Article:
Barbara Yager, an attorney and member of the ACC’s board of directors questioned the rationale of the NCUA’s ten-month review of ACC. “As an association, we’re concerned that the NCUA’s quality control review process is both unstructured and undefined. It seems we’re chasing a moving target. Over the past 20 years, the NCUA has approved ACC as an associational SEG 45 times! Now, in the face of criticism from the banking lobby, the NCUA-OCP seems to be searching for an association scapegoat to curb the membership growth of credit unions through associations. ACC is a legitimate national association that has partnered with credit unions since 1994 to give consumers greater access to credit unions and provide financial education programs with credit unions. Why is the NCUA punishing consumers and their national associations for doing the right thing?”
Thomas Hinton, president of ACC, told members at the association’s annual meeting in June, “For the past ten months, ACC has voluntarily responded to every question asked of us by the NCUA in an effort to demonstrate our full compliance with their associational SEG requirements.
“We have provided more data than the NCUA has asked for. We have clearly proven ACC’s compliance with the NCUA’s Totality of the Circumstances test – their measure for compliance as an associational SEG. We have also demonstrated how our members participate in various association programs and how we operate within reasonable proximity of our members. It should not be the purview of the NCUA to dictate to ACC how we manage or operate our association. That is the Board of Director’s purview. In the final analysis, the NCUA’s review process is grossly unfair to consumers and hurts consumers at a time when they desperately need greater access to credit unions, not less access.”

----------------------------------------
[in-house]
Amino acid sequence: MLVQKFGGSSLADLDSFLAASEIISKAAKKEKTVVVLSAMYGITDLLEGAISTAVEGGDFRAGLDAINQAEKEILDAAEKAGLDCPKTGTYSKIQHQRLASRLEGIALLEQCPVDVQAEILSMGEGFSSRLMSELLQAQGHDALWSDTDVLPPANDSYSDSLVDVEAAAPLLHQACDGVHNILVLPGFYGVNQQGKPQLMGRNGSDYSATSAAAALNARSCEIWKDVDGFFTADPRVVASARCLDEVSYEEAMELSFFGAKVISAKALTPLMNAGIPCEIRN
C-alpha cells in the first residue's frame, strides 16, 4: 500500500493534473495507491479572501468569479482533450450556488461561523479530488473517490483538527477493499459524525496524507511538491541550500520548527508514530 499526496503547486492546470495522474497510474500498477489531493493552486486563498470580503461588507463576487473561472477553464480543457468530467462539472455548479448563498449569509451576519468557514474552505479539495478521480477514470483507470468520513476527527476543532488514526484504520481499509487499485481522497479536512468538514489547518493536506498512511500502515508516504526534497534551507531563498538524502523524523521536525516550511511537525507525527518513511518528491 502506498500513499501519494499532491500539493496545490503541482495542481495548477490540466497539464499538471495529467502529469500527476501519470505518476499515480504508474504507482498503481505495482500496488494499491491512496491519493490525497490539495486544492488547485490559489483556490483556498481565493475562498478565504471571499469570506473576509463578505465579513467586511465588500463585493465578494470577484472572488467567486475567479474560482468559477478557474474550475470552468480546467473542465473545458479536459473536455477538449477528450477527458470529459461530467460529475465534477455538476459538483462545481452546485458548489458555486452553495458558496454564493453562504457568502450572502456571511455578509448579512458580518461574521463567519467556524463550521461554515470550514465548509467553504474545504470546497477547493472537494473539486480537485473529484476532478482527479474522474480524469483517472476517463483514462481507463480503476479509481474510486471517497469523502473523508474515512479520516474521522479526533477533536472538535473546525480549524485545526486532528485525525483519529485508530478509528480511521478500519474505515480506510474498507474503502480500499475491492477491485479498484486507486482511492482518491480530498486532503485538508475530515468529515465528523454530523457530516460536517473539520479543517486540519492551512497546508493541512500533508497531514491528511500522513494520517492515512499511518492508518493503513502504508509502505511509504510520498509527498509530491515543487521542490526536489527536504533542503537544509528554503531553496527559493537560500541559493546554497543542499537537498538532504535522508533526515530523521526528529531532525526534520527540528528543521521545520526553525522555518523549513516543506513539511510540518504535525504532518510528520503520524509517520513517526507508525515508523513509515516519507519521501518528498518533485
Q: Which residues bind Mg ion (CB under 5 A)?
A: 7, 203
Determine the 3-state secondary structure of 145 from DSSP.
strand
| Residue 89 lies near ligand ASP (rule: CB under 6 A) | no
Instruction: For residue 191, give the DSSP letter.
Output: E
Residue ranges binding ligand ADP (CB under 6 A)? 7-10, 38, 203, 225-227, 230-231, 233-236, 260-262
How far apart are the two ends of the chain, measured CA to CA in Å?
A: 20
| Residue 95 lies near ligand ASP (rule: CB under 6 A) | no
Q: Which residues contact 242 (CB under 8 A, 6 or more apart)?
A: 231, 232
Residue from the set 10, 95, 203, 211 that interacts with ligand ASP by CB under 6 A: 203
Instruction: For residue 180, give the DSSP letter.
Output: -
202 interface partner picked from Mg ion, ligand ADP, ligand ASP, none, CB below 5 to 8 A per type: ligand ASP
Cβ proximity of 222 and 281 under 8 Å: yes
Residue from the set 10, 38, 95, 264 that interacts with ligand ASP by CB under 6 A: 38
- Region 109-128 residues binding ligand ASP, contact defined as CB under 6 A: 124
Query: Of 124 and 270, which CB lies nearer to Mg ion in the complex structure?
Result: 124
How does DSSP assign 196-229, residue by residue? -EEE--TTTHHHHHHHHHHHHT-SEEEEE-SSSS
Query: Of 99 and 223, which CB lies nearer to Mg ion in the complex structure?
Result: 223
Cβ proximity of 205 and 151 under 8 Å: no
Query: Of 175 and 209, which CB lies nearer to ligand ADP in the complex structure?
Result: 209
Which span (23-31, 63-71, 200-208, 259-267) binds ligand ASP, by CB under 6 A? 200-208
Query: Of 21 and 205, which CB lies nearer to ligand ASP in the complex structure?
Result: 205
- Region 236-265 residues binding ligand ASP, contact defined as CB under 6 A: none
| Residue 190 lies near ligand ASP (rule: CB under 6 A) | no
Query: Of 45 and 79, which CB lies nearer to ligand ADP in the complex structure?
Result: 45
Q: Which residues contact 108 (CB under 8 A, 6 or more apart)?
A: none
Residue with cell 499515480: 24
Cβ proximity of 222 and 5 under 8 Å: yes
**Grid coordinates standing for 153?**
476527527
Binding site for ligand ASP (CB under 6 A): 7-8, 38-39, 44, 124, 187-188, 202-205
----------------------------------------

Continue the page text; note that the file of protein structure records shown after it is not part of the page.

ACC Adds Regional Office in Portland, Maine. In response to a growing number of new members in the northeast, the American Consumer Council has relocated the New England Consumer Council headquarters and ACC regional office to Portland, Maine. The address is: 477 Congress Street, 5th Floor, Portland, Maine 04101-3431. Telephone: 1-800-544-0414.
ACC’s Partners with AdviceIQ to Offer More Financial Education Programs to Consumers.
As part of ACC’s growing commitment to financial education, your association has partnered with New York City-based Advice IQ to offer more than 30 programs over the next year.
AdviceIQ will not only offer consumers access to dozens of articles, podcasts and webinars through the American Consumer Council, but also a national database to find trusted financial advisors who possess specific expertise in several key areas.
This information will be available to ACC members at no cost by visiting our website at: www.americanconsumercouncil.org and clicking on the AdviceIQ button.
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Green CSM Certification Accepting Applications for 2014 Summer Cycle:
If your company or organization would like to increase its credibility with consumers, you should consider applying for the Green CSM Certification. Applications for the 2014 Summer cycle are now being accepted through August 31, 2014.
It's a proven fact that consumers want to do business with companies that are eco-friendly and practice Corporate Social Responsibility (CSR). The process is straight-forward and all applicants are recognized by ACC and the Green USA Institute.
All applicants complete the criteria and submit their responses to ACC's Green Consumer Council for review, assessment and feedback. Program details and the Green CSM Certification criteria can be viewed at ACC's website located at: http://americanconsumercouncil.org/greenc.asp